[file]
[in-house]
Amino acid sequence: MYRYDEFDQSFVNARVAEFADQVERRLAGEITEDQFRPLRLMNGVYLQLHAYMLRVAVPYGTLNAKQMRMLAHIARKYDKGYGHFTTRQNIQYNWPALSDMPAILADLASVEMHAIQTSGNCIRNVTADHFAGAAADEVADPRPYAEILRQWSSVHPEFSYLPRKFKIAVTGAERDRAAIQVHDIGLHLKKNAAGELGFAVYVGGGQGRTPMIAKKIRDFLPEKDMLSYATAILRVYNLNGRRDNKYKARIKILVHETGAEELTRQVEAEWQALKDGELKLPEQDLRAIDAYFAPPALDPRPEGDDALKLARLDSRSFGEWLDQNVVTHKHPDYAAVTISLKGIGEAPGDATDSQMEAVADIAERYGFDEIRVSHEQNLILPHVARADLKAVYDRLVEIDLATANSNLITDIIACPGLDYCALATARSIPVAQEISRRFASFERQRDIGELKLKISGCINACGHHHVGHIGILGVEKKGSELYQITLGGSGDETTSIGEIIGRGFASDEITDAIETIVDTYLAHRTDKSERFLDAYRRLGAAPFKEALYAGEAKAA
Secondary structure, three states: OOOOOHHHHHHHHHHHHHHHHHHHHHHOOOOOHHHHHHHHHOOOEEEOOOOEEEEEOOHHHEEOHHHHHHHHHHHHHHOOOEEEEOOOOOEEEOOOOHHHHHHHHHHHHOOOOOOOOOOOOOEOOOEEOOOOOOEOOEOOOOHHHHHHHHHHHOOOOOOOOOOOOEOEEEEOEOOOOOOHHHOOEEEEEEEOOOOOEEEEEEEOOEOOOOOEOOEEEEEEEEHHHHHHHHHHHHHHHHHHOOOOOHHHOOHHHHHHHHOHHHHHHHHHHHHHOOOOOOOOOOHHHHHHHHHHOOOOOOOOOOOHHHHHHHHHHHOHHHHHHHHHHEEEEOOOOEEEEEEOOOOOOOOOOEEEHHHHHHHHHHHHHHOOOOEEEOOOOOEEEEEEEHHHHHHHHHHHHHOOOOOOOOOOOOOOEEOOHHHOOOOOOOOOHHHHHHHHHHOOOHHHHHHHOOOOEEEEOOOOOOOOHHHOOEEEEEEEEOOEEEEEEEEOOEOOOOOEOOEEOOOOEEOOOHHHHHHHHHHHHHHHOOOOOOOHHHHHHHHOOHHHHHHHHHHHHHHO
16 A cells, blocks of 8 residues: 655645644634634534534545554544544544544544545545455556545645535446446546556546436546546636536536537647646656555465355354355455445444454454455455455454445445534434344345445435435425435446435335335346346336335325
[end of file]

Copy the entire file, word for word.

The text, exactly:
[in-house]
Amino acid sequence: MYRYDEFDQSFVNARVAEFADQVERRLAGEITEDQFRPLRLMNGVYLQLHAYMLRVAVPYGTLNAKQMRMLAHIARKYDKGYGHFTTRQNIQYNWPALSDMPAILADLASVEMHAIQTSGNCIRNVTADHFAGAAADEVADPRPYAEILRQWSSVHPEFSYLPRKFKIAVTGAERDRAAIQVHDIGLHLKKNAAGELGFAVYVGGGQGRTPMIAKKIRDFLPEKDMLSYATAILRVYNLNGRRDNKYKARIKILVHETGAEELTRQVEAEWQALKDGELKLPEQDLRAIDAYFAPPALDPRPEGDDALKLARLDSRSFGEWLDQNVVTHKHPDYAAVTISLKGIGEAPGDATDSQMEAVADIAERYGFDEIRVSHEQNLILPHVARADLKAVYDRLVEIDLATANSNLITDIIACPGLDYCALATARSIPVAQEISRRFASFERQRDIGELKLKISGCINACGHHHVGHIGILGVEKKGSELYQITLGGSGDETTSIGEIIGRGFASDEITDAIETIVDTYLAHRTDKSERFLDAYRRLGAAPFKEALYAGEAKAA
Secondary structure, three states: OOOOOHHHHHHHHHHHHHHHHHHHHHHOOOOOHHHHHHHHHOOOEEEOOOOEEEEEOOHHHEEOHHHHHHHHHHHHHHOOOEEEEOOOOOEEEOOOOHHHHHHHHHHHHOOOOOOOOOOOOOEOOOEEOOOOOOEOOEOOOOHHHHHHHHHHHOOOOOOOOOOOOEOEEEEOEOOOOOOHHHOOEEEEEEEOOOOOEEEEEEEOOEOOOOOEOOEEEEEEEEHHHHHHHHHHHHHHHHHHOOOOOHHHOOHHHHHHHHOHHHHHHHHHHHHHOOOOOOOOOOHHHHHHHHHHOOOOOOOOOOOHHHHHHHHHHHOHHHHHHHHHHEEEEOOOOEEEEEEOOOOOOOOOOEEEHHHHHHHHHHHHHHOOOOEEEOOOOOEEEEEEEHHHHHHHHHHHHHOOOOOOOOOOOOOOEEOOHHHOOOOOOOOOHHHHHHHHHHOOOHHHHHHHOOOOEEEEOOOOOOOOHHHOOEEEEEEEEOOEEEEEEEEOOEOOOOOEOOEEOOOOEEOOOHHHHHHHHHHHHHHHOOOOOOOHHHHHHHHOOHHHHHHHHHHHHHHO
16 A cells, blocks of 8 residues: 655645644634634534534545554544544544544544545545455556545645535446446546556546436546546636536536537647646656555465355354355455445444454454455455455454445445534434344345445435435425435446435335335346346336335325